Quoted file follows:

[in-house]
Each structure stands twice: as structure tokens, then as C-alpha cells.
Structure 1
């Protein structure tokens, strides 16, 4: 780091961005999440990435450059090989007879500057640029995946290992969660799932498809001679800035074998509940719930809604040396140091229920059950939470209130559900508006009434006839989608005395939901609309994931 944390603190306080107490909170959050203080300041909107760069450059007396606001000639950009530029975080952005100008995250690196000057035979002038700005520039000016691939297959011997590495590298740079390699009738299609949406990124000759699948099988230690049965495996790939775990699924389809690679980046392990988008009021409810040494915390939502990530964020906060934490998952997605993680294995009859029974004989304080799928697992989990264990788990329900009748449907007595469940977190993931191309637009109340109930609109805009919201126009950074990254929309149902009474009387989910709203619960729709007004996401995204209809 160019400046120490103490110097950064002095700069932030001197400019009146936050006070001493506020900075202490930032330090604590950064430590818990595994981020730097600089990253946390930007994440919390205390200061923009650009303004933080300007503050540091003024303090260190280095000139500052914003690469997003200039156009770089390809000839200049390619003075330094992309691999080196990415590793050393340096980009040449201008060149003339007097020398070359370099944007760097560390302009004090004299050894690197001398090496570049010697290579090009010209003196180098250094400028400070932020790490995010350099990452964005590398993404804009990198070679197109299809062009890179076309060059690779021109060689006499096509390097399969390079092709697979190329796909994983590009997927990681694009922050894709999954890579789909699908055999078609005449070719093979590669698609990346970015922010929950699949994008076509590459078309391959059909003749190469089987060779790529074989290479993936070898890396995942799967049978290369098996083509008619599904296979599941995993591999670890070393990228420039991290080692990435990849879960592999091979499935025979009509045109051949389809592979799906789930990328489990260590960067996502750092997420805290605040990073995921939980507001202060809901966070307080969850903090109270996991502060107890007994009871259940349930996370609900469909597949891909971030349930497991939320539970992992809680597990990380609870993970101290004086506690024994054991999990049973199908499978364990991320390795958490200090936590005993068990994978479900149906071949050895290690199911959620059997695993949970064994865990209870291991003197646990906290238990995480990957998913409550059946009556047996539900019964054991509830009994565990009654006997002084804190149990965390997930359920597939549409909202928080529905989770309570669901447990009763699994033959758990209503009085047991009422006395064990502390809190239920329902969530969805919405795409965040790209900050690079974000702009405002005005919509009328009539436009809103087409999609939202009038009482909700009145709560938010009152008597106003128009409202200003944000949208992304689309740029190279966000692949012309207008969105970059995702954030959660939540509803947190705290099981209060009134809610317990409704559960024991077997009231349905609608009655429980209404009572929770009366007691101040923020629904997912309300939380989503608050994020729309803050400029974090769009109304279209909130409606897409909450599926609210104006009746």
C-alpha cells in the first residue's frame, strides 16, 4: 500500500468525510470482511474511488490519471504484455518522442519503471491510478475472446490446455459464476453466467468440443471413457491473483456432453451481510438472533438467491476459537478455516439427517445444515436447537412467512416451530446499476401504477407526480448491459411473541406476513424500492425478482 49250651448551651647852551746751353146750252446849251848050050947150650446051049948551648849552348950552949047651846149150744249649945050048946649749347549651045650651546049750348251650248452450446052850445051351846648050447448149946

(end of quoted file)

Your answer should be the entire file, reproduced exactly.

[in-house]
Each structure stands twice: as structure tokens, then as C-alpha cells.
Structure 1
């Protein structure tokens, strides 16, 4: 780091961005999440990435450059090989007879500057640029995946290992969660799932498809001679800035074998509940719930809604040396140091229920059950939470209130559900508006009434006839989608005395939901609309994931 944390603190306080107490909170959050203080300041909107760069450059007396606001000639950009530029975080952005100008995250690196000057035979002038700005520039000016691939297959011997590495590298740079390699009738299609949406990124000759699948099988230690049965495996790939775990699924389809690679980046392990988008009021409810040494915390939502990530964020906060934490998952997605993680294995009859029974004989304080799928697992989990264990788990329900009748449907007595469940977190993931191309637009109340109930609109805009919201126009950074990254929309149902009474009387989910709203619960729709007004996401995204209809 160019400046120490103490110097950064002095700069932030001197400019009146936050006070001493506020900075202490930032330090604590950064430590818990595994981020730097600089990253946390930007994440919390205390200061923009650009303004933080300007503050540091003024303090260190280095000139500052914003690469997003200039156009770089390809000839200049390619003075330094992309691999080196990415590793050393340096980009040449201008060149003339007097020398070359370099944007760097560390302009004090004299050894690197001398090496570049010697290579090009010209003196180098250094400028400070932020790490995010350099990452964005590398993404804009990198070679197109299809062009890179076309060059690779021109060689006499096509390097399969390079092709697979190329796909994983590009997927990681694009922050894709999954890579789909699908055999078609005449070719093979590669698609990346970015922010929950699949994008076509590459078309391959059909003749190469089987060779790529074989290479993936070898890396995942799967049978290369098996083509008619599904296979599941995993591999670890070393990228420039991290080692990435990849879960592999091979499935025979009509045109051949389809592979799906789930990328489990260590960067996502750092997420805290605040990073995921939980507001202060809901966070307080969850903090109270996991502060107890007994009871259940349930996370609900469909597949891909971030349930497991939320539970992992809680597990990380609870993970101290004086506690024994054991999990049973199908499978364990991320390795958490200090936590005993068990994978479900149906071949050895290690199911959620059997695993949970064994865990209870291991003197646990906290238990995480990957998913409550059946009556047996539900019964054991509830009994565990009654006997002084804190149990965390997930359920597939549409909202928080529905989770309570669901447990009763699994033959758990209503009085047991009422006395064990502390809190239920329902969530969805919405795409965040790209900050690079974000702009405002005005919509009328009539436009809103087409999609939202009038009482909700009145709560938010009152008597106003128009409202200003944000949208992304689309740029190279966000692949012309207008969105970059995702954030959660939540509803947190705290099981209060009134809610317990409704559960024991077997009231349905609608009655429980209404009572929770009366007691101040923020629904997912309300939380989503608050994020729309803050400029974090769009109304279209909130409606897409909450599926609210104006009746």
C-alpha cells in the first residue's frame, strides 16, 4: 500500500468525510470482511474511488490519471504484455518522442519503471491510478475472446490446455459464476453466467468440443471413457491473483456432453451481510438472533438467491476459537478455516439427517445444515436447537412467512416451530446499476401504477407526480448491459411473541406476513424500492425478482 49250651448551651647852551746751353146750252446849251848050050947150650446051049948551648849552348950552949047651846149150744249649945050048946649749347549651045650651546049750348251650248452450446052850445051351846648050447448149946